The View Hotel is the only hotel ever built on the Navajo reservation in an area called Monument Valley Navajo Nation Park. After ceremonies and traditional blessings, this spectacular $14 million dollar hotel was open to guests on January 14, 2009. It boasts 95 rooms, all with private balconies facing east where one can experience the unspoken drama of a morning sunrise. In addition, this hotel has a fitness center from which you can observe the setting sun. The large lobby is filled with handsome furniture, a towering rock fireplace and a larger-than-life bronze of a cowboy astride his horse. There are three conference rooms and a restaurant with views to the east and the west.

Outside there is a multi-level balcony with chairs and tables placed at strategic places for one to rest and try to capture with your own eyes the expanse of quiet beauty around and in front of you. An expansive gift shop off the balcony offers authentic Navajo jewelry, art, photographs, blankets and clothing as an added bonus.

This hotel was built by Armanda Ortega-Gordon, a young, 26-year-old Navajo woman of the Towering House Clan (Kiy' annii'), her mother's family. Her father, Armanda Ortega Jr., who joined with her in the project, is a non-Navajo whose family created and owns Trading Posts all throughout Arizona and New Mexico. Armanda Ortega-Gordon is the granddaughter of Armand Ortega Sr., the one who started his business by buying jewelry, art and authentic woven rugs from the Navajo (Dine) people for his clientele.

The project, building a hotel on Navajo land (Dineteh), that reflects the beauty, history and beliefs of the Dine, was a dream for over 40 years by the Navajo people. They wanted to create a thing of beauty, a place where their people could be employed, and that would showcase the culture of the Navajo nation in a respectful, natural way. Against many obstacles, discussions and negotiations, that is exactly what Armanda and her father have done. And now it is there for the whole world to see and appreciate.

We stopped there in the early afternoon on our way back from California this February. No matter how many times one sees Monument Valley, one never gets tired of its grandeur. We've been in the View Hotel twice, and although we've never had the pleasure of staying there overnight, it's at the top of my "Bucket List".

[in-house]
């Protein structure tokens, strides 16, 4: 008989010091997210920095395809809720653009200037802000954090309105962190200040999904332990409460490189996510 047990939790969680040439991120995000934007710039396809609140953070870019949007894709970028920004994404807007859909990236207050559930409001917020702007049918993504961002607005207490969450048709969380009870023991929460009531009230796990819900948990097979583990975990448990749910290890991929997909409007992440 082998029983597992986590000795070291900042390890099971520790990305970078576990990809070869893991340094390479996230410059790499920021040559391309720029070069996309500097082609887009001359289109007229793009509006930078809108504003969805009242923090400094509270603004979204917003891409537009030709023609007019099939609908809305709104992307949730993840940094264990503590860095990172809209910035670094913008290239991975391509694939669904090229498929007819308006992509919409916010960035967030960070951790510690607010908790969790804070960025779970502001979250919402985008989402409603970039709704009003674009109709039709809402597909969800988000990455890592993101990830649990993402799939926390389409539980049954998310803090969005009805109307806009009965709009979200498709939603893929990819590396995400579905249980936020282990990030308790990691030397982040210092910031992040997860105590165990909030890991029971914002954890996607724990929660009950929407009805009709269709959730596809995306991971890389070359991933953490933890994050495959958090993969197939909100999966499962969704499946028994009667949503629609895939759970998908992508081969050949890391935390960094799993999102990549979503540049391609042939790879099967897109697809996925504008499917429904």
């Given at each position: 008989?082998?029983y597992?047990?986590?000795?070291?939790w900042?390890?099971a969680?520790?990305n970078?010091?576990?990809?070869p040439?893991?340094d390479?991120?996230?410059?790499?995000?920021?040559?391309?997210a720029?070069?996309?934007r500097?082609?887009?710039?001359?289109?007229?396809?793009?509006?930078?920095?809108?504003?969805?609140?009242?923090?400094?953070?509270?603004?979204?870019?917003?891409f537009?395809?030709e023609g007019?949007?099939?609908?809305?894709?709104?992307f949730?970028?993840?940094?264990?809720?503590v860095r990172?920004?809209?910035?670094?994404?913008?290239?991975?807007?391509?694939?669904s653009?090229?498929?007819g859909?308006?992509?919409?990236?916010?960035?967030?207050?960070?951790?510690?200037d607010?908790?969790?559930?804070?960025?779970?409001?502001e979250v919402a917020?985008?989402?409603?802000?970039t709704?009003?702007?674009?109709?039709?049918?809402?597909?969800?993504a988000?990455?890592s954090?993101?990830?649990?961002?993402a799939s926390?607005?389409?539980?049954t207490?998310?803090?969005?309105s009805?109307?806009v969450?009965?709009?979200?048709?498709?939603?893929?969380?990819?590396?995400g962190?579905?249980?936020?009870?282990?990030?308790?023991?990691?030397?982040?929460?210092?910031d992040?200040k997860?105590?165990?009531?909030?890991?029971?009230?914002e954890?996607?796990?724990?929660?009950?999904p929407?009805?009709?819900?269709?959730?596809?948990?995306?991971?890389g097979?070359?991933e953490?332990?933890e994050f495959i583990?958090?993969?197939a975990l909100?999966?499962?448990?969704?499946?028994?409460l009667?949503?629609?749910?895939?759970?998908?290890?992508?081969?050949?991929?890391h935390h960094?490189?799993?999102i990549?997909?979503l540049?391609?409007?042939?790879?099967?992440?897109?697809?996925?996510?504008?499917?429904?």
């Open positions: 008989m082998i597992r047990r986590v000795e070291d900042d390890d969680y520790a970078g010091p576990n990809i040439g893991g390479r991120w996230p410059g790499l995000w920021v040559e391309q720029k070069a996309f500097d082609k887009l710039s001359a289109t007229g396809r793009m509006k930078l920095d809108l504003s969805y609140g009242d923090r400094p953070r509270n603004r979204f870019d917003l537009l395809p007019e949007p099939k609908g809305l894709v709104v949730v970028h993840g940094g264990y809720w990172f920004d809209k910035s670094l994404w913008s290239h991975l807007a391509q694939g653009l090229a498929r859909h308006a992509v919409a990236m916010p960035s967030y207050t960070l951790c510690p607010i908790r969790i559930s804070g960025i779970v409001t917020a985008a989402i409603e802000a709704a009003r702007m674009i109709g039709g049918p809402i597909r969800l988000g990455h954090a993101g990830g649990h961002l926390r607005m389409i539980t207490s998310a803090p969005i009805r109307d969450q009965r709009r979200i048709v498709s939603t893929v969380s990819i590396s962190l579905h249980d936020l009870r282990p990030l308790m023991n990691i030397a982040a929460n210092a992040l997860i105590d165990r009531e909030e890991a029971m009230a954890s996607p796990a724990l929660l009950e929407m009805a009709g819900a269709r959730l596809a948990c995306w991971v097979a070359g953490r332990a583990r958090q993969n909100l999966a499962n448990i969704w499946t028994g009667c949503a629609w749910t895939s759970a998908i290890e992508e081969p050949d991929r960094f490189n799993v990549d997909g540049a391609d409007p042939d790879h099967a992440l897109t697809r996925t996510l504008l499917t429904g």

For more information on the View Hotel please call (435) 727-5555 or visit www.MonumentValleyView.com.

John Wayne never saw the View Hotel; it was constructed many years after his death. But, if he had seen it, he would have been impressed. It overlooks the open trails and the fantastic desert scenery on which Duke and his fellow actors made films in this special place that introduced the ultimate, pristine beauty of this area to the entire world. There is a rock ledge formation that was named "John Ford's Point" after the famous director who cherished that particular spot and captured it in many of his movies.

The View Hotel is the only hotel ever built on the Navajo reservation in an area called Monument Valley Navajo Nation Park. After ceremonies and traditional blessings, this spectacular $14 million dollar hotel was open to guests on January 14, 2009. It boasts 95 rooms, all with private balconies facing east where one can experience the unspoken drama of a morning sunrise. In addition, this hotel has a fitness center from which you can observe the setting sun. The large lobby is filled with handsome furniture, a towering rock fireplace and a larger-than-life bronze of a cowboy astride his horse. There are three conference rooms and a restaurant with views to the east and the west.

Outside there is a multi-level balcony with chairs and tables placed at strategic places for one to rest and try to capture with your own eyes the expanse of quiet beauty around and in front of you. An expansive gift shop off the balcony offers authentic Navajo jewelry, art, photographs, blankets and clothing as an added bonus.